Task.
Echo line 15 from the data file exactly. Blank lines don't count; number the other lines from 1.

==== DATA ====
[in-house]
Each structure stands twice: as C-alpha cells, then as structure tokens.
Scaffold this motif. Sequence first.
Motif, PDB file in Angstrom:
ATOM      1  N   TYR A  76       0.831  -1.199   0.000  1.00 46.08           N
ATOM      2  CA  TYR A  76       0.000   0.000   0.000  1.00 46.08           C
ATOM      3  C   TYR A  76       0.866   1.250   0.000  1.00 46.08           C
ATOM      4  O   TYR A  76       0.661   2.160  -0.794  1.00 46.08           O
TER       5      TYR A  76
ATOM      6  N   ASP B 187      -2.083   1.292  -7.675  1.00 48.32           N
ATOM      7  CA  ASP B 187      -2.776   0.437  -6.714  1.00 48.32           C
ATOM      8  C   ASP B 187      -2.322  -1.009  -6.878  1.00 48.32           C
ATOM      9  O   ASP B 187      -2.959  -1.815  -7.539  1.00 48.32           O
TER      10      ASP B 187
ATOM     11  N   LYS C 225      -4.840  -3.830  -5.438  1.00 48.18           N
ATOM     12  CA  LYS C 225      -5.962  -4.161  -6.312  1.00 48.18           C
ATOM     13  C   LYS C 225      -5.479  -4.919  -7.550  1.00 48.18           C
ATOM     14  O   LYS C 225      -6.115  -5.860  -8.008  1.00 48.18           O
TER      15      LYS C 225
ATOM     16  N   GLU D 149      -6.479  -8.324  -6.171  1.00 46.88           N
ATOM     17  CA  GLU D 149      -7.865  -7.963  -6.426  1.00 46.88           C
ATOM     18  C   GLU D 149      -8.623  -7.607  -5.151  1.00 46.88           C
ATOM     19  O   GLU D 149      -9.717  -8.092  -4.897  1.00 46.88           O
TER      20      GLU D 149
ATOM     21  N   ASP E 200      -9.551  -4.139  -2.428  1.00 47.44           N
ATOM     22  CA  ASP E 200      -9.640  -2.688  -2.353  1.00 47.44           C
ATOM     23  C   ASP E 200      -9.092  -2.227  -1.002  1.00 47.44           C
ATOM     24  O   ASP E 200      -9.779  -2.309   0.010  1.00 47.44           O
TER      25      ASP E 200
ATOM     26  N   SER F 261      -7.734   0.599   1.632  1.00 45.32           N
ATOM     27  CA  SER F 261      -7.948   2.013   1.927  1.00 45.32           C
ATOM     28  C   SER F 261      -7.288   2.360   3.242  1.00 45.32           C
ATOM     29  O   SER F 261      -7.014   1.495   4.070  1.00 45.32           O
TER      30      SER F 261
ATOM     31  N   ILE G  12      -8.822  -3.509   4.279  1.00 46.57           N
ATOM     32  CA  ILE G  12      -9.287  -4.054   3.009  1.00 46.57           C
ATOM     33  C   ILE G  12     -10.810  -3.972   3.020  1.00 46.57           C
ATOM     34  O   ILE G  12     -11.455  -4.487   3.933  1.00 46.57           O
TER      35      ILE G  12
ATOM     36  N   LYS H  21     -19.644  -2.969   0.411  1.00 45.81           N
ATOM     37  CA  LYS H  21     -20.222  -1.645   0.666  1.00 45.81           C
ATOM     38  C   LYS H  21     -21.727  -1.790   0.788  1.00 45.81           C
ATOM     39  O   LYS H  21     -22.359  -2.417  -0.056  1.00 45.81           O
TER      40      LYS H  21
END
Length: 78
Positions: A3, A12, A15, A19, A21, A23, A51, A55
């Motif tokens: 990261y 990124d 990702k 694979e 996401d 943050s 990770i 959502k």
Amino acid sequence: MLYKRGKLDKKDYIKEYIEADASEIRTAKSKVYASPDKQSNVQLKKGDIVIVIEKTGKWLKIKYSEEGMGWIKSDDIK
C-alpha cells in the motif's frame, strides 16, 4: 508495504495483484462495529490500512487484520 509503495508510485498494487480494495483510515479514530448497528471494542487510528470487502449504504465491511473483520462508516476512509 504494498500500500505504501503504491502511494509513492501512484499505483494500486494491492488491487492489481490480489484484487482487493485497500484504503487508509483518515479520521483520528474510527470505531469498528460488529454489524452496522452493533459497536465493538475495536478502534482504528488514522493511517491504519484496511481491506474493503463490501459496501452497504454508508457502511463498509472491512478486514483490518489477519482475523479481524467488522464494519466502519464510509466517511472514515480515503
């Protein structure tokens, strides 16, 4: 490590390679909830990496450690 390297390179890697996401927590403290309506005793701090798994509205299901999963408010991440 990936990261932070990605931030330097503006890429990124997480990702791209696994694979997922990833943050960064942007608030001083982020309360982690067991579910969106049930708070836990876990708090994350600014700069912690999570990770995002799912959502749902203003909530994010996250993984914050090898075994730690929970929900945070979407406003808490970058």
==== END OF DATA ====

ATOM     11  N   LYS C 225      -4.840  -3.830  -5.438  1.00 48.18           N